Members of the European Parliament denounced on Tuesday a new memorandum of understanding signed with Tunisia.
The deal was concluded on Sunday after a meeting in Tunis between Tunisian President Kais Saied and European Commission President Ursula von der Leyen, who was joined by Italian Prime Minister Giorgia Meloni and Dutch Prime Minister Mark Rutte.
The text, which still needs to be fleshed out, earmarks at least €700 million in EU funds, some as loans, across five thematic pillars: macro-economic stability, economy and trade, the green transition, people-to-people contacts and migration.
While von der Leyen hailed the memorandum as a "strategic and comprehensive partnership," MEPs took a highly critical view on the matter, branding it as a contradiction between the European Union's core values and Tunisia's continued democratic backsliding. They also lamented an absence of democratic transparency and financial accountability.
The figure of Kais Saied, a man who has openly spread racist narratives against black African migrants in a manner that echoes the far-right conspiracy theory known as the "great replacement," was subject to furious censure from lawmakers.
"It's very clear: a deal has been made with a dictator who's cruel, who's unreliable," said Sophie in 't Veld, a Dutch MEP who sits with the liberal Renew Europe group. "President Saied is an authoritarian ruler, he's not a good partner, (he's) a dictator who's actually boosted the number of departures."
Speaking on behalf of the Socialists & Democrats (S&D), Birgit Sippel accused the Tunisian authorities of abandoning Sub-Saharan migrants in the desert "without food, water or anything else," a pattern of behaviour that has been previously reported by media and humanitarian organisations.
"Why should Tunisia suddenly change its behaviour? And who is controlling for what purpose the money will be spent?" Sippel said, looking visibly angry.
"We are now again financing an autocrat without political, democratic scrutiny here in the house. This will not be a solution. It will strengthen an autocrat in Tunisia," she added.
Facing the grilling was Ylva Johansson, the European Commissioner for home affairs, who steered away from any controversies and calmly defended the EU-Tunisia memorandum, which, she underlined, introduces obligations on both sides.
"It's clear that Tunisia is under pressure. In my view, this is a reason to strengthen and deepen the cooperation and step up the support to Tunisia," Johansson told MEPs.
According to Johansson, this year has so far seen 45,000 asylum seekers leaving Tunisia to attempt to cross the "very deadly route" of the Central Mediterranean. This "huge increase," she said, suggests a shift in Tunisia's role, from country of origin to country of transit, given that "out of these 45,000, only 5,000 were Tunisian citizens."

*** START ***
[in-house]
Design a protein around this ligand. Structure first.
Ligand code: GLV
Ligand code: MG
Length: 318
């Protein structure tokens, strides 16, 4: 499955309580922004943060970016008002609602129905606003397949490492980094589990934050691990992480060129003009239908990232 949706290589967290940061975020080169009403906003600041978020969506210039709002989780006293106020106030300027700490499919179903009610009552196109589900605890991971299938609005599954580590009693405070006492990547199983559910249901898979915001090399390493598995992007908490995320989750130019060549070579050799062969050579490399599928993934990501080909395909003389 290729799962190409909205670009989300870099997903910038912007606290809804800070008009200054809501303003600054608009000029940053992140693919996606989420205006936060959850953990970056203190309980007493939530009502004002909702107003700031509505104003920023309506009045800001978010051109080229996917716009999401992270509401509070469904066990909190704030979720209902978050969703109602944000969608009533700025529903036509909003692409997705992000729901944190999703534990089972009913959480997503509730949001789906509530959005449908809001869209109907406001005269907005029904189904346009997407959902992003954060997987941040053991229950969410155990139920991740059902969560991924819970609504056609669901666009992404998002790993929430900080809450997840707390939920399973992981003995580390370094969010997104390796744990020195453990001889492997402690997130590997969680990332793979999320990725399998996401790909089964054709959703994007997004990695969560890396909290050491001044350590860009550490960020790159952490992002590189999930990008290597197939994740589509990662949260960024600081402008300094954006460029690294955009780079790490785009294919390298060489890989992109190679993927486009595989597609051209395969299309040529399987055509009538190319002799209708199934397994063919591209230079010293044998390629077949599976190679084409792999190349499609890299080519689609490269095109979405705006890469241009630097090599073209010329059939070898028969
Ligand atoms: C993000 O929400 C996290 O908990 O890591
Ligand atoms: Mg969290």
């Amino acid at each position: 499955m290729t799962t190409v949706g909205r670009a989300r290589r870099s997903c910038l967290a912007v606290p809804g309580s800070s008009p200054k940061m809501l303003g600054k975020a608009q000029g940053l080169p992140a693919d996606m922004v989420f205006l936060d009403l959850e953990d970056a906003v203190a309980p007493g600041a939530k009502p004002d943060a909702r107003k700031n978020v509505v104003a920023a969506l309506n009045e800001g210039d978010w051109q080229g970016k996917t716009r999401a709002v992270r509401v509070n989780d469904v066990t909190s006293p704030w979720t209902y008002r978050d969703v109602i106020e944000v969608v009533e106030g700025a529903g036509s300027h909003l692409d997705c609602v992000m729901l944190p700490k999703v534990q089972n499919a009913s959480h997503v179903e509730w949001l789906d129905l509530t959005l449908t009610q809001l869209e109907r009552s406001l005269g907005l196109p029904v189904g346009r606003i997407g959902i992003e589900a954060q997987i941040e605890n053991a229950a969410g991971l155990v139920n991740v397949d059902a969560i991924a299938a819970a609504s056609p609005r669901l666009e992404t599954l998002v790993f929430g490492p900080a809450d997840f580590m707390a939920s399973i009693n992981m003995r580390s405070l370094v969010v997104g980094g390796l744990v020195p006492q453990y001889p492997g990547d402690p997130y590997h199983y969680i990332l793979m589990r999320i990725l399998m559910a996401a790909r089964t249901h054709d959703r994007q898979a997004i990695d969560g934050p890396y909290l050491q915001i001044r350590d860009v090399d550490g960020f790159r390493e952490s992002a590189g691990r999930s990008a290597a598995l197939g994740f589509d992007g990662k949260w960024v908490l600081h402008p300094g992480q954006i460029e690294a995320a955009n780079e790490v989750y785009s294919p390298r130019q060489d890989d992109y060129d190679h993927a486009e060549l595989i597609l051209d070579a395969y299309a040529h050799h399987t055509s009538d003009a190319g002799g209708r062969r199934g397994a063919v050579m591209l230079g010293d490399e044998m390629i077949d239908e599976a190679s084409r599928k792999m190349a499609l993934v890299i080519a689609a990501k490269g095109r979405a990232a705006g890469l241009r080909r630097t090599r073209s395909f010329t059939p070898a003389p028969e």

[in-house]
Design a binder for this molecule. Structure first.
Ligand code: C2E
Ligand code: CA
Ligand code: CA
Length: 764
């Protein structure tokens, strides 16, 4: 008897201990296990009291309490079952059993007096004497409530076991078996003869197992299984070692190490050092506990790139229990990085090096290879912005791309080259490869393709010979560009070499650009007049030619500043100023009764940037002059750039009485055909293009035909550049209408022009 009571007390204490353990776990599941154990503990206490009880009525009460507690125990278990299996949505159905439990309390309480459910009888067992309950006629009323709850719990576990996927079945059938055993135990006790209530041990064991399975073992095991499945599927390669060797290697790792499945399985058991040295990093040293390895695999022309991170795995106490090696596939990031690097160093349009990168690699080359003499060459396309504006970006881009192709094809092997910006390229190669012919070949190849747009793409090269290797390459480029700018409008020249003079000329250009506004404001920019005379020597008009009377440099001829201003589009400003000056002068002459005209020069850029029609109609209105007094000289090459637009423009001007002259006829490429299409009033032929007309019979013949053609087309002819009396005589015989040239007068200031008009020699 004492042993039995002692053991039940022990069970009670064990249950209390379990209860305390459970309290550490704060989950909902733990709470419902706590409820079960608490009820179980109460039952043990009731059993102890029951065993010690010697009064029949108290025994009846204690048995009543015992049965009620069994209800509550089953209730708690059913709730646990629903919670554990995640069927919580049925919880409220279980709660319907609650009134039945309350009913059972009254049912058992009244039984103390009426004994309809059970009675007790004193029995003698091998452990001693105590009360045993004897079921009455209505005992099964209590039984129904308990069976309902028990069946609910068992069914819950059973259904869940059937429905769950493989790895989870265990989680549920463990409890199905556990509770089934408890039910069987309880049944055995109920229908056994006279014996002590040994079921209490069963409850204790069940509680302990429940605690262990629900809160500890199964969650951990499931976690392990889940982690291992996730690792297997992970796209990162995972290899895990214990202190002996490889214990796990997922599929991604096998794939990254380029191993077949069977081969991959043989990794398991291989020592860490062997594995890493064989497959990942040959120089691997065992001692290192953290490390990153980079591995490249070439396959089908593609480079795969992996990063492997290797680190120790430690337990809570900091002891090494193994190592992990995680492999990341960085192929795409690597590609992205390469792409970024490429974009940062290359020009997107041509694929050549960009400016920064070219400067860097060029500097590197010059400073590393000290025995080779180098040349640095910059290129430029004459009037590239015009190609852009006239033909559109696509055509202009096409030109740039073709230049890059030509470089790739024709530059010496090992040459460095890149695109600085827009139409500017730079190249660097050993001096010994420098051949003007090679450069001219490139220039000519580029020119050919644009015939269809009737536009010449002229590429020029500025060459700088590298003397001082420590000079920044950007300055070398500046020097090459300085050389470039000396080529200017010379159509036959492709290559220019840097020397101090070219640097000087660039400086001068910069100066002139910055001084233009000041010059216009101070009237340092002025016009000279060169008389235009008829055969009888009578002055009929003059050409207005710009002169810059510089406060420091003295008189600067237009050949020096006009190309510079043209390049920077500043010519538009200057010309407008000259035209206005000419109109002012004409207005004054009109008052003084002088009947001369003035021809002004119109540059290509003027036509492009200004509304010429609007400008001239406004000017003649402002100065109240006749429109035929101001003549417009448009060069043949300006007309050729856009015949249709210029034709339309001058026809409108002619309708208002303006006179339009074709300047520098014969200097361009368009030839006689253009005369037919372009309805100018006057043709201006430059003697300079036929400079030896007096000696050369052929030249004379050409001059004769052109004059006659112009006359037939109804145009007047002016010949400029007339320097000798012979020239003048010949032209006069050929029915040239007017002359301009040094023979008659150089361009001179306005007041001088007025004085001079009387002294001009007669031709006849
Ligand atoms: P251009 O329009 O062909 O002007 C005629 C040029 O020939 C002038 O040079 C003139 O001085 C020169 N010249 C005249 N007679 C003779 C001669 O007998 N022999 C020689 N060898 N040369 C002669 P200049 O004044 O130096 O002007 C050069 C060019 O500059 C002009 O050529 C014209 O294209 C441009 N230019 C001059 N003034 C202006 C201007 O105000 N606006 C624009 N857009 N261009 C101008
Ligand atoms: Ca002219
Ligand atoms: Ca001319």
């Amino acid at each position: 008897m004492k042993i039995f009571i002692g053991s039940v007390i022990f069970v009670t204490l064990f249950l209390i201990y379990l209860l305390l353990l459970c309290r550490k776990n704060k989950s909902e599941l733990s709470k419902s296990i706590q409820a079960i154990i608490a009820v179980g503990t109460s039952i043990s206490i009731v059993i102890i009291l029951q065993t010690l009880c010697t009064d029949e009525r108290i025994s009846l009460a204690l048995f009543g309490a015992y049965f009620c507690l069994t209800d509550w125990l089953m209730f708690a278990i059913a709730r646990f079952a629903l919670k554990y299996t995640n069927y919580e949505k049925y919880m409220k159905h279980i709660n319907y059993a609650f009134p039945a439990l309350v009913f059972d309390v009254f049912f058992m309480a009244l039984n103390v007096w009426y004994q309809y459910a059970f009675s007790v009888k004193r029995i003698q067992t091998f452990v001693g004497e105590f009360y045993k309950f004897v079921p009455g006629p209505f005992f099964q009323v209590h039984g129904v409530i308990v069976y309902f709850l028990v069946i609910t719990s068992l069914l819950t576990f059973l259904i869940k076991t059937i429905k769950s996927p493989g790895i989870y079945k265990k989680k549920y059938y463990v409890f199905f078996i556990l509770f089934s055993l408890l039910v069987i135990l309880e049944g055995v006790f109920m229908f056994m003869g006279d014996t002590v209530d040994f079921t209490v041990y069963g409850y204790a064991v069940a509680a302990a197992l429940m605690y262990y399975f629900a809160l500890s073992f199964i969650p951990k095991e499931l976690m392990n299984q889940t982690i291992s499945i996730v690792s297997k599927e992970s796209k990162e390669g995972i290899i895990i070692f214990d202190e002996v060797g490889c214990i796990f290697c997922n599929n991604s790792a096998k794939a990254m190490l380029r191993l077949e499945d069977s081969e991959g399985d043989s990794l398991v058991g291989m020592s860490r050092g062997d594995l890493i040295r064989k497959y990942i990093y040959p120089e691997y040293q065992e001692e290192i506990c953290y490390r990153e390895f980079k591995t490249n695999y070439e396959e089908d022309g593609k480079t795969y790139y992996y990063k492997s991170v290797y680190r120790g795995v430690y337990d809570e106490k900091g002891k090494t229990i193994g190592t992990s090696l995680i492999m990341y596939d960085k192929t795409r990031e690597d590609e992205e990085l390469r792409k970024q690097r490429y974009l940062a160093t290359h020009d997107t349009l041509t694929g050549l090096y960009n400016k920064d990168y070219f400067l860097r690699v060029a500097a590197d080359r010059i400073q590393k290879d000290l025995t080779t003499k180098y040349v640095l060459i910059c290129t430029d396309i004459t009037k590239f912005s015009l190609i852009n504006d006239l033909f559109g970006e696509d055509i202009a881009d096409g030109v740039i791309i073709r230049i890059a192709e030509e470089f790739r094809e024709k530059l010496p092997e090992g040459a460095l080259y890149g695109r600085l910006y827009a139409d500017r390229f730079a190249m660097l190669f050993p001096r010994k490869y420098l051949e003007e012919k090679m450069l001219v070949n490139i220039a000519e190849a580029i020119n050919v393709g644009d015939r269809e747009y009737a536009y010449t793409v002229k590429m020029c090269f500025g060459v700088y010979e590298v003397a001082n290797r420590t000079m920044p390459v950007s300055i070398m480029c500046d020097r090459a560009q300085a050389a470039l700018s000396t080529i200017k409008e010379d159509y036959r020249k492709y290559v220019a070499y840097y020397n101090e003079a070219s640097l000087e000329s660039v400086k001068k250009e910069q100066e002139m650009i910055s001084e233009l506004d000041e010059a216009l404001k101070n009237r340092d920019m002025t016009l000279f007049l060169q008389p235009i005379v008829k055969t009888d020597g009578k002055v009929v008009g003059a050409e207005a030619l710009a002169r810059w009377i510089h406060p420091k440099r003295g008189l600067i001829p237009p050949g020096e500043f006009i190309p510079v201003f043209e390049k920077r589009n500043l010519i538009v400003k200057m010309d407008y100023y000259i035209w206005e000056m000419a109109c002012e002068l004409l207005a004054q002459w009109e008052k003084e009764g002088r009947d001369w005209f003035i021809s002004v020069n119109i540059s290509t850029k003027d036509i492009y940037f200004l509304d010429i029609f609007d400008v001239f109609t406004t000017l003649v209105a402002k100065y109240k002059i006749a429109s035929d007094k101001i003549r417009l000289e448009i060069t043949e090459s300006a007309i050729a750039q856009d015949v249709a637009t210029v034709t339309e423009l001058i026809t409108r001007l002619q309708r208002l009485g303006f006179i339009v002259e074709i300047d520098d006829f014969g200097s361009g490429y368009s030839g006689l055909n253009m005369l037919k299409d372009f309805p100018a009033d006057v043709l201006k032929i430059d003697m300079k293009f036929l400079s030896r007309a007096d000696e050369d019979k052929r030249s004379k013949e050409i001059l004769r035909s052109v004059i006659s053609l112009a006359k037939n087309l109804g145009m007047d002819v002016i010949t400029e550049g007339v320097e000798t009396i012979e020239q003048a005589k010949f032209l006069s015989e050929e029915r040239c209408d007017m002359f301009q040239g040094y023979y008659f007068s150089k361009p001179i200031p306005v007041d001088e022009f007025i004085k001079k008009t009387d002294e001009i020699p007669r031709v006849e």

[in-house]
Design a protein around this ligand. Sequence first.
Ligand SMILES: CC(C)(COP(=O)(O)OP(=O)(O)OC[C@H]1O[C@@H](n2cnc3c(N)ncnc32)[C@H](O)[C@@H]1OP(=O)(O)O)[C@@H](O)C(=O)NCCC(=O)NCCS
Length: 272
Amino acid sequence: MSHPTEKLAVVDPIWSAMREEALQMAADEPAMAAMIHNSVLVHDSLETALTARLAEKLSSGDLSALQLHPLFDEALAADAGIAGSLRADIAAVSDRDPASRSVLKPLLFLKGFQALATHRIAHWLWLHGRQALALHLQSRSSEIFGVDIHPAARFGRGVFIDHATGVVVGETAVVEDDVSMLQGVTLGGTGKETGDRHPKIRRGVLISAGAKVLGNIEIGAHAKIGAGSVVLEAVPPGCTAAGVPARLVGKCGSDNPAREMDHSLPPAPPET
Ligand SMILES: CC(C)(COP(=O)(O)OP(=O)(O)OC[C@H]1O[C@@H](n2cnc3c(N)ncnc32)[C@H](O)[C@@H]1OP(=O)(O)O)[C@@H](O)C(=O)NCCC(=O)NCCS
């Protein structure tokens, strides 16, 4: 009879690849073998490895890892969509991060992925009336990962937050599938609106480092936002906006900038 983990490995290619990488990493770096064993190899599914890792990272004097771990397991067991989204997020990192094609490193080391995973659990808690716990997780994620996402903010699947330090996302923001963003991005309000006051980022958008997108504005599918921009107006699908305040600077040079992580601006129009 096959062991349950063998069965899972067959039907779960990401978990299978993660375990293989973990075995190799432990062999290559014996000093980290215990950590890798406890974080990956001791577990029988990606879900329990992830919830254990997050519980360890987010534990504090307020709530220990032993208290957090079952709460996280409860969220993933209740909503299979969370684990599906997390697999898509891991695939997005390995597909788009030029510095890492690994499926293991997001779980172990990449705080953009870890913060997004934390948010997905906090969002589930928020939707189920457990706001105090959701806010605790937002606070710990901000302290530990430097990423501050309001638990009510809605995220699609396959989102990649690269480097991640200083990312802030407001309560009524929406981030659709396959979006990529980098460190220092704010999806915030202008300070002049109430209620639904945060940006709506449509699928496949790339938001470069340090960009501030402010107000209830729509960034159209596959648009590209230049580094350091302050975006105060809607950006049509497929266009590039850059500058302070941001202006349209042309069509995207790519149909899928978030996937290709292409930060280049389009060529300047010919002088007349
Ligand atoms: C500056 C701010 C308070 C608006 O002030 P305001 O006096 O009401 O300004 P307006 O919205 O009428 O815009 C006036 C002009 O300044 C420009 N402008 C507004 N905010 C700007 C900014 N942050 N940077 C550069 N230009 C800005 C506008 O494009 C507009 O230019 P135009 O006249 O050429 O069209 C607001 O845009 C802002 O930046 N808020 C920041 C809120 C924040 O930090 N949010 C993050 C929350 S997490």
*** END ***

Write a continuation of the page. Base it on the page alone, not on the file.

"It's very important that our main objective always must be to save lives, to prevent people from going on these journeys that too often end by ending their lives, this is a priority," the Commissioner added.
Money was another source of friction during Tuesday's hearing.
Lawmakers honed in on the two financial envelopes that are most central to the deal: €150 million for budget support and €105 million for migration management, both of which will be disbursed gradually. Some MEPs portrayed the budget support, which is supposed to sustain the country's precarious economy, as a cash injection to Saied's private coffers that would be impossible to track down.
"You have financed a dictator who flouts human rights, who tramples on the Tunisian democracy that we have supported so much. Don't lie to us!" Mounir Satouri, from the Greens, told Johansson. "According to our analyses, the €150 and €105 million are an aid to the (Tunisian) Treasury, a direct payment into the bank account of Mr Kais Saied."
Maria Arena, from the socialists, excoriated the European Commission for failing to add additional provisions that would make payments conditional on the respect for human rights. (Senior EU officials have said the memorandum does not contain extra guarantees besides the traditional clauses of other foreign aid programmes.)
"We are giving a blank cheque to Mr Saied, who is currently running racist, xenophobic campaigns, supported by his police and military," Arena said, in a blistering attack.
"Do you really believe that Mr Saied, who has dismissed his parliament, who has thrown judges in jail, who has resigned half his jurisdiction, who is now banning bloggers from talking about the migration issue and who is now using his police and military to send people back to the (Libyan) border, do you really believe that Mr Saied is going to respect human rights? Ms Johansson, either you're naïve or you're just telling us stories."
In her replies, Johansson insisted the €105 million earmarked for migration would be "mainly" channelled through international organisations that work on the ground and provide relief to asylum seekers, like the International Organization for Migration (IOM), although she conceded some funds would be, in fact, provided to the Tunisian guards in the form of search-and-rescue vessels and radars.
"Let me stress: the European Commission, the EU, we are not involved in any pushbacks of any third-country nationals to their country of origin. What we're doing is financing via IOM the voluntary returns and reintegration of third-country nationals," Johansson said.
"I do not agree with the description that Tunisia is blackmailing. I think we have good cooperation with Tunisia but it's also important to strengthen this cooperation and to step up the support for Tunisia. And this is the aim of this memorandum of understanding."